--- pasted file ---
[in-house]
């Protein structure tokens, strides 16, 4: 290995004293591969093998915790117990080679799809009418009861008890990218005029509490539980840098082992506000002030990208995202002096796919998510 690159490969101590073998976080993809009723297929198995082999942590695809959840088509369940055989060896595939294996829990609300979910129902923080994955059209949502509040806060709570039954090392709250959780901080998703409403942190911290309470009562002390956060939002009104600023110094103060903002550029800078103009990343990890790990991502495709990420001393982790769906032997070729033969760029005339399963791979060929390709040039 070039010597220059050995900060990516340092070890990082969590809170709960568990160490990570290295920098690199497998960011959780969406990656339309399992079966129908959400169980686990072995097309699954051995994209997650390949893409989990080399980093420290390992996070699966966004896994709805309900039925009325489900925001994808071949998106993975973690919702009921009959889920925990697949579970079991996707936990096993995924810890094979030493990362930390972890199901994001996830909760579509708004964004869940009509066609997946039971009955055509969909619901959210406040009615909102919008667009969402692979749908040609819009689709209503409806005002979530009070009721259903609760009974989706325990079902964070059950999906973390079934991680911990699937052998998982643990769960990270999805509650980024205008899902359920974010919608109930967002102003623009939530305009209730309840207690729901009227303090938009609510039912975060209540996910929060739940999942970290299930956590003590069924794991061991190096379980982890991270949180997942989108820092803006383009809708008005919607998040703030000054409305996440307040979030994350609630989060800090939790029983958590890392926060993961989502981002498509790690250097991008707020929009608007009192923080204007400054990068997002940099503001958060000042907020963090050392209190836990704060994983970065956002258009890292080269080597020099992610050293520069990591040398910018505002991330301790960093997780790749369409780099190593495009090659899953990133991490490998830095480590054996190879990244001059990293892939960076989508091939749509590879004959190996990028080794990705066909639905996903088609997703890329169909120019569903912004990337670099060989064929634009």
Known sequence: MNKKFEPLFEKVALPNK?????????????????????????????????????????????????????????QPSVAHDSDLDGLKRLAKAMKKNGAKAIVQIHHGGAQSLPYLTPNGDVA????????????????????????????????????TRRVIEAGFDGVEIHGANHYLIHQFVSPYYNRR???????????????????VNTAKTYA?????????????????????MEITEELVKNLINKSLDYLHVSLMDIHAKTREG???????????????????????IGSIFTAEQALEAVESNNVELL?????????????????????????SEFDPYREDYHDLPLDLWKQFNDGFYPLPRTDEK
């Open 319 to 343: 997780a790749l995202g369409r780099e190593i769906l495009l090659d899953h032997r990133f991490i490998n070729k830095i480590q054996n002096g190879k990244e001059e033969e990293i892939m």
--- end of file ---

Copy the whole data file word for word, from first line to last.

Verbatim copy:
[in-house]
């Protein structure tokens, strides 16, 4: 290995004293591969093998915790117990080679799809009418009861008890990218005029509490539980840098082992506000002030990208995202002096796919998510 690159490969101590073998976080993809009723297929198995082999942590695809959840088509369940055989060896595939294996829990609300979910129902923080994955059209949502509040806060709570039954090392709250959780901080998703409403942190911290309470009562002390956060939002009104600023110094103060903002550029800078103009990343990890790990991502495709990420001393982790769906032997070729033969760029005339399963791979060929390709040039 070039010597220059050995900060990516340092070890990082969590809170709960568990160490990570290295920098690199497998960011959780969406990656339309399992079966129908959400169980686990072995097309699954051995994209997650390949893409989990080399980093420290390992996070699966966004896994709805309900039925009325489900925001994808071949998106993975973690919702009921009959889920925990697949579970079991996707936990096993995924810890094979030493990362930390972890199901994001996830909760579509708004964004869940009509066609997946039971009955055509969909619901959210406040009615909102919008667009969402692979749908040609819009689709209503409806005002979530009070009721259903609760009974989706325990079902964070059950999906973390079934991680911990699937052998998982643990769960990270999805509650980024205008899902359920974010919608109930967002102003623009939530305009209730309840207690729901009227303090938009609510039912975060209540996910929060739940999942970290299930956590003590069924794991061991190096379980982890991270949180997942989108820092803006383009809708008005919607998040703030000054409305996440307040979030994350609630989060800090939790029983958590890392926060993961989502981002498509790690250097991008707020929009608007009192923080204007400054990068997002940099503001958060000042907020963090050392209190836990704060994983970065956002258009890292080269080597020099992610050293520069990591040398910018505002991330301790960093997780790749369409780099190593495009090659899953990133991490490998830095480590054996190879990244001059990293892939960076989508091939749509590879004959190996990028080794990705066909639905996903088609997703890329169909120019569903912004990337670099060989064929634009």
Known sequence: MNKKFEPLFEKVALPNK?????????????????????????????????????????????????????????QPSVAHDSDLDGLKRLAKAMKKNGAKAIVQIHHGGAQSLPYLTPNGDVA????????????????????????????????????TRRVIEAGFDGVEIHGANHYLIHQFVSPYYNRR???????????????????VNTAKTYA?????????????????????MEITEELVKNLINKSLDYLHVSLMDIHAKTREG???????????????????????IGSIFTAEQALEAVESNNVELL?????????????????????????SEFDPYREDYHDLPLDLWKQFNDGFYPLPRTDEK
């Open 319 to 343: 997780a790749l995202g369409r780099e190593i769906l495009l090659d899953h032997r990133f991490i490998n070729k830095i480590q054996n002096g190879k990244e001059e033969e990293i892939m």